The Economist’s Big Mac index is based on the theory of purchasing-power parity (PPP), according to which exchange rates should adjust to equalise the price of a basket of goods and services around the world. Our basket is a burger: a McDonald’s Big Mac.
In Big Mac PPP terms, selected currencies were over or undervalued at the end of January. Broadly, the pattern is such as it was last spring.
The most overvalued currency is the Icelandic krona: the exchange rate that would equalise the price of an Icelandic Big Mac with an American one is 158 kronur to the dollar; the actual rate is 68.4, making the krona 131% too dear. The most undervalued currency is the Chinese yuan, at 56% below its PPP rate; several other Asian currencies also appear to be 40-50% undervalued.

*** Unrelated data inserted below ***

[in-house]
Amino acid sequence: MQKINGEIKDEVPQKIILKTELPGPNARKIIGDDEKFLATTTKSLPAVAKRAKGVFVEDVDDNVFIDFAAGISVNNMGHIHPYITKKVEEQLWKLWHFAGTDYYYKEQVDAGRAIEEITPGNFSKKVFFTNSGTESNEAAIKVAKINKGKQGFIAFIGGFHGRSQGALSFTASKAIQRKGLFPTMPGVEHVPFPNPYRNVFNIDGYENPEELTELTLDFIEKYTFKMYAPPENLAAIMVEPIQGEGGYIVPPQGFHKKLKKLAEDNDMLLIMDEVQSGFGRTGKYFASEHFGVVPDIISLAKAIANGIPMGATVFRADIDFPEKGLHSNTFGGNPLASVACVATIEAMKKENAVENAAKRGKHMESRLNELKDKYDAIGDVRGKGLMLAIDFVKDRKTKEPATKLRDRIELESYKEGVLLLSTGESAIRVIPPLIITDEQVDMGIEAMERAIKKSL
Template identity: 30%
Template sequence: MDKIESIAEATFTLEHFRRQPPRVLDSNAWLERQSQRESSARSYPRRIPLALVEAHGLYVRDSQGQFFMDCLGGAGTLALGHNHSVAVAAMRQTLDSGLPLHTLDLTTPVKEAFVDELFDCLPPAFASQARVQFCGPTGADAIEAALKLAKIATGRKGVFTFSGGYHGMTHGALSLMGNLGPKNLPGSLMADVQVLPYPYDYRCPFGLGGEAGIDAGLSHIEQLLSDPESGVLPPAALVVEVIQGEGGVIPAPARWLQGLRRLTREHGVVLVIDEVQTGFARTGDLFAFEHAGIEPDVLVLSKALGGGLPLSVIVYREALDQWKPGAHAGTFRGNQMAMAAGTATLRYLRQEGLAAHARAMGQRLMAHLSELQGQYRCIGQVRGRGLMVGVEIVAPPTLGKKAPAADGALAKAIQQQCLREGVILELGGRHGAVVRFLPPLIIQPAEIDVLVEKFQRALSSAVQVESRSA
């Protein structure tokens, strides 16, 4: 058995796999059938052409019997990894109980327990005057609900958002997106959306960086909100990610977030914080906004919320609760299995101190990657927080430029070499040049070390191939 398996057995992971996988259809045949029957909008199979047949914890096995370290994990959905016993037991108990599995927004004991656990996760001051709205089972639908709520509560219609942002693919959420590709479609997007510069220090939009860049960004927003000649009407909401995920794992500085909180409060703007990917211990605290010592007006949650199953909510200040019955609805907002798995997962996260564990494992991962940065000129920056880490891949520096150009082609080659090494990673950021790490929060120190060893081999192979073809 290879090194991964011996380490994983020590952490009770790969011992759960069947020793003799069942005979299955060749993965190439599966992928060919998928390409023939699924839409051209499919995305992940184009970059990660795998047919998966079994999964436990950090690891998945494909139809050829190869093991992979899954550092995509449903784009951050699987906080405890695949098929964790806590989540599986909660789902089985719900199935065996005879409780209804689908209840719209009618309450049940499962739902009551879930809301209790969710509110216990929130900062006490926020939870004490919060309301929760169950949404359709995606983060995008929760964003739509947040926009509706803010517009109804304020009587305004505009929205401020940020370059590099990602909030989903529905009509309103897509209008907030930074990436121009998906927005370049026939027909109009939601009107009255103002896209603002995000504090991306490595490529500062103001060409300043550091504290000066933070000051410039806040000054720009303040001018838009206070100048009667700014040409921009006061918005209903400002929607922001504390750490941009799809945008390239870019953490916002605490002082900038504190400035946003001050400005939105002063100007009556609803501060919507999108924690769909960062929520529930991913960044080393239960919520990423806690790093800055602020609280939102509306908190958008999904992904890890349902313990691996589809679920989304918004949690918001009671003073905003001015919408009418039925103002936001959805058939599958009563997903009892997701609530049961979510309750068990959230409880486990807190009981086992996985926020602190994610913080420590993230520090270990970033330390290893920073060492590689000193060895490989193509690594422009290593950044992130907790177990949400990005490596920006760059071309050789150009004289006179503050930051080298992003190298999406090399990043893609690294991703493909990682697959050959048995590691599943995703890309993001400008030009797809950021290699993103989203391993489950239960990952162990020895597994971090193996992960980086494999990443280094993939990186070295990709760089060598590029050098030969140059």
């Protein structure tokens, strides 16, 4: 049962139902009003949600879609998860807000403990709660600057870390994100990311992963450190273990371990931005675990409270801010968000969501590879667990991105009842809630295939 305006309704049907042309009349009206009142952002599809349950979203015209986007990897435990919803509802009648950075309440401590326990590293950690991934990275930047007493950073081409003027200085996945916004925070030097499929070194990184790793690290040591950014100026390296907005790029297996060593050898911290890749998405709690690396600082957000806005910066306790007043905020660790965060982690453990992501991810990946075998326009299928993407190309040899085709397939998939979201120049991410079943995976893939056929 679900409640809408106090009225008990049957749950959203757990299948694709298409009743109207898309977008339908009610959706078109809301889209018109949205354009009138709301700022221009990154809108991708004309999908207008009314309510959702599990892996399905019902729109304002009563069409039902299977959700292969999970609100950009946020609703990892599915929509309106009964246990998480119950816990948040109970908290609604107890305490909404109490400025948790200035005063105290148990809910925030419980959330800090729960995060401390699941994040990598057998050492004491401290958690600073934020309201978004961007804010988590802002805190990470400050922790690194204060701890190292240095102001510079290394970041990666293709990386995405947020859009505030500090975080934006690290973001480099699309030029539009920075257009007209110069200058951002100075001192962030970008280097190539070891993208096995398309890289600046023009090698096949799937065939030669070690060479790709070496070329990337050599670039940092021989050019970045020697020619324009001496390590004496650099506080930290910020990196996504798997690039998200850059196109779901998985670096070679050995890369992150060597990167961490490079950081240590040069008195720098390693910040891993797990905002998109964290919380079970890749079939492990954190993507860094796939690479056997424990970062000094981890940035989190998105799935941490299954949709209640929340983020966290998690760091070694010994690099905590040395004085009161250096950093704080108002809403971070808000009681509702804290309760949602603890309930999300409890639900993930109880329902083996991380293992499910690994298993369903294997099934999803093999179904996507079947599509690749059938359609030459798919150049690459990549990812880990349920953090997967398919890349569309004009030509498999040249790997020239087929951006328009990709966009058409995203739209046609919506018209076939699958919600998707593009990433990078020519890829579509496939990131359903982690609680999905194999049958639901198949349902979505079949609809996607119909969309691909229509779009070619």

It is one way to look at the economy I suppose. I respect the Economist but I am sure the Big Mac Index is only one part of the picture The Mac is relatively cheap in Japan however just to step foot in a taxi is US$7 and a movie is US$18! Not sure how McDs keeps the prices so low but I know they are determined to make the prices affordable here even if it means offering under valued meals.